Despite stringent lockdown measures at the outset of the pandemic, European governments have since advised their citizenry to return to normalcy after the first wave subsided. Federal guidance, combined with broad lockdown fatigue, are likely contributing factors to the rising number of cases across the continent. French President Emmanuel Macron, for example, began to lift restrictions back in June—declaring that France had won its “first victory” against the virus. Countries throughout the EU reopened restaurants, hair salons, and schools; and European leaders encouraged domestic travel to see family and friends.

Now COVID-19 on the march, many countries are now reinstating coronavirus restrictions and lockdowns. Beginning last week in England, social gatherings of more than six people were nationally banned. Spain’s capital of Madrid began to enforce partial lockdowns earlier this week that affect 850,000 people, sparking large peaceful protests across the city. Czech Health Minister Adam Vojtěch publicly resigned Monday, as the country’s confirmed cases topped 50,000.

While the greater international testing capacity results in higher numbers of confirmed cases, the proportion of positive results from tests is also on the rise. “We have a very serious situation unfolding before us,” Dr. Hans Kluge, the World Health Organization’s regional director for Europe, said last week.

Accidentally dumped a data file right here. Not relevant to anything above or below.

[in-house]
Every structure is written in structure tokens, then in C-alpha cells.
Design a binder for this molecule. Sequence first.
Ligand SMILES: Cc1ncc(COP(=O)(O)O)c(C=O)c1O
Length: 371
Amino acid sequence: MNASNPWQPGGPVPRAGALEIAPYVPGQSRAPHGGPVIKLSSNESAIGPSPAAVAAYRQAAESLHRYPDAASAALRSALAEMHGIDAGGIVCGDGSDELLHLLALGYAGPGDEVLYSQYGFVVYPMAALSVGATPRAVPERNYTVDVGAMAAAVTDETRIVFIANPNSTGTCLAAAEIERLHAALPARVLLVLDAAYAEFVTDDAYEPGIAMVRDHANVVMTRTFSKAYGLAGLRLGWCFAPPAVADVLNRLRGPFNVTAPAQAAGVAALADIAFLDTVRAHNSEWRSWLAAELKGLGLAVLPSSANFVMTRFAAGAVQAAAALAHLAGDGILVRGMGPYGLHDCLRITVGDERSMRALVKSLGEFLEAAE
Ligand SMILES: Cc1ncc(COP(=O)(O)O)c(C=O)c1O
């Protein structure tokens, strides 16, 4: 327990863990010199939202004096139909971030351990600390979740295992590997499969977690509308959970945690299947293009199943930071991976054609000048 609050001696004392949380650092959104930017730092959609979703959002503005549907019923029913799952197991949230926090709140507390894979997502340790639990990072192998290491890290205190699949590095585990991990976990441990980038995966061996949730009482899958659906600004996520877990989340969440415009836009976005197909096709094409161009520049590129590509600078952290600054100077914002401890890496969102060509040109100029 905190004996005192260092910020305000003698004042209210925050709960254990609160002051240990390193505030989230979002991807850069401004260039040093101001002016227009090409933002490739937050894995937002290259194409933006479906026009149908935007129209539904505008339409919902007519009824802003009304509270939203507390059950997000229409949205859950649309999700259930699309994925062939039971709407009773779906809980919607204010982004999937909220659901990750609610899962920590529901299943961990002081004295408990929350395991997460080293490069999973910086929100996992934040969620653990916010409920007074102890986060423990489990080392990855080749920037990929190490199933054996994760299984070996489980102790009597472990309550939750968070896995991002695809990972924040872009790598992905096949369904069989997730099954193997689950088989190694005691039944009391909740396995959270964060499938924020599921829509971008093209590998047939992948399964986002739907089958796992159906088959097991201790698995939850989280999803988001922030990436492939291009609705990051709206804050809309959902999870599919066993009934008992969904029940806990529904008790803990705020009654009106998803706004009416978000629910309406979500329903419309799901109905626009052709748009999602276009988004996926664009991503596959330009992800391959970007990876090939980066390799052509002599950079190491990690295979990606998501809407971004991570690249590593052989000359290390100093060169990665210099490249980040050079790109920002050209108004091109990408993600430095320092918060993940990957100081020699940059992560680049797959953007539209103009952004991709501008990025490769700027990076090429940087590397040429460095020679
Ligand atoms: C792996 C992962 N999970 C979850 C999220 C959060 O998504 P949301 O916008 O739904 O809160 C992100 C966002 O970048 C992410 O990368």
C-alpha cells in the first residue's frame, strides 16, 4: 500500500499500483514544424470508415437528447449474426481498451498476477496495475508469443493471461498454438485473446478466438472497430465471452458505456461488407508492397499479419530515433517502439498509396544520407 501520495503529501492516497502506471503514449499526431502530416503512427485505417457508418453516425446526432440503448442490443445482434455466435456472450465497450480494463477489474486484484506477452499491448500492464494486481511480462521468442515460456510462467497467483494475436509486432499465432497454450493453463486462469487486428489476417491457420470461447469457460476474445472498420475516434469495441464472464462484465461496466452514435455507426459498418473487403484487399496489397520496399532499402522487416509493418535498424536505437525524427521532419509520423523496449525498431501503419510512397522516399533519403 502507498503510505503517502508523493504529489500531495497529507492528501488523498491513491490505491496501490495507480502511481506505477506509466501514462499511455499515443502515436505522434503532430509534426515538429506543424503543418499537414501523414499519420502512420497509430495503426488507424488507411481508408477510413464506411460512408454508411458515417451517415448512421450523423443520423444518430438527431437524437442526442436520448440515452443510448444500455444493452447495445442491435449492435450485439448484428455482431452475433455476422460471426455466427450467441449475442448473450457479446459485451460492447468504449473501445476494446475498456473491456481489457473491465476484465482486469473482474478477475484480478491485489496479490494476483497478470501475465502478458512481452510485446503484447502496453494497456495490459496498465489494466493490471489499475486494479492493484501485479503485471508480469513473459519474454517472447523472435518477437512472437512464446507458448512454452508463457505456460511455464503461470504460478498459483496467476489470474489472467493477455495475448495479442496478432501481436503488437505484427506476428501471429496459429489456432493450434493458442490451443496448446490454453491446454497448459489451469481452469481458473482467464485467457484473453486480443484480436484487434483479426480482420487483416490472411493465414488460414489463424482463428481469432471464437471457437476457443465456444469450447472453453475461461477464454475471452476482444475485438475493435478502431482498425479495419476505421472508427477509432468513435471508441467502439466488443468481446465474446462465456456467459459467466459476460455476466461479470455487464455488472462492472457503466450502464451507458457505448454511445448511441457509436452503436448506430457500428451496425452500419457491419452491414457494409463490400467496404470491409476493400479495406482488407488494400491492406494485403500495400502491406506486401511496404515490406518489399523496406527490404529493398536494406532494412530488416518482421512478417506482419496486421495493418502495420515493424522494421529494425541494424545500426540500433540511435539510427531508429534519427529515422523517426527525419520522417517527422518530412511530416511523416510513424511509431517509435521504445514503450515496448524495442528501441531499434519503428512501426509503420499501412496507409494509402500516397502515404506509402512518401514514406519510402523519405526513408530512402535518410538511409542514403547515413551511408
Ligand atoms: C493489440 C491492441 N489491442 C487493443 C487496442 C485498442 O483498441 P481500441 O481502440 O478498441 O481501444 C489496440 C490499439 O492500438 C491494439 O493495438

Trump’s Blame Game

“The United Nations must hold China accountable for their actions,” President Trump said during the 75th session of the U.N. General Assembly on Tuesday. In a scathing eight minute speech that had been prerecorded at the White House, the president placed blame for the pandemic squarely on China’s early mishandling of the coronavirus and deception on behalf of the Chinese Communist Party (CCP). The same day as the opening General Debate, the United States death toll from COVID-19 topped 200,000.

President Xi Jinping, in contrast, took on a conciliatory tone—borrowing a page from the American diplomatic playbook and co-opting the language of democracy. But, as Thomas Joscelyn writes in his latest for Vital Interests(🔒), “his intended target was no less obvious.”

“Xi’s speech was peppered with phrases that sound like a progressive American was speaking. Consider his use of the phrase ‘interconnected global village.’ Those words were uttered in the context of combating COVID-19. Xi wants to turn the pandemic narrative around, portraying his China as a responsible global leader in combating the virus. But there is additional context for his wording. 

The CCP uses international institutions such as the U.N. to protect its own tyranny. When Xi speaks of ‘democracy’ and ‘multilateralism,’ he means China should have at least an equal say in how those same institutions are run.”

As the world’s dominant superpowers posture in an international blame game, European onlookers have taken notice. “The world today cannot be reduced to the rivalry between China and the United States, irrespective of the global weight of these great powers,” said French President Emmanuel Macron on Tuesday. But the continuing public health and economic fallout of the pandemic has begun to stir up friction in Europe as well, as the continent confronts an impending second wave of the virus.

Worth Your Time

  • Look ma, we’re in the New York Times! This article by Marc Tracy is an interesting look into how a growing number of journalists are forsaking traditional web publication tactics to hawk their skills directly to readers on subscription sites like Substack, the newsletter startup that happens to host our own content. Give it a read if you’d like a glimpse into the business side of what we do around here.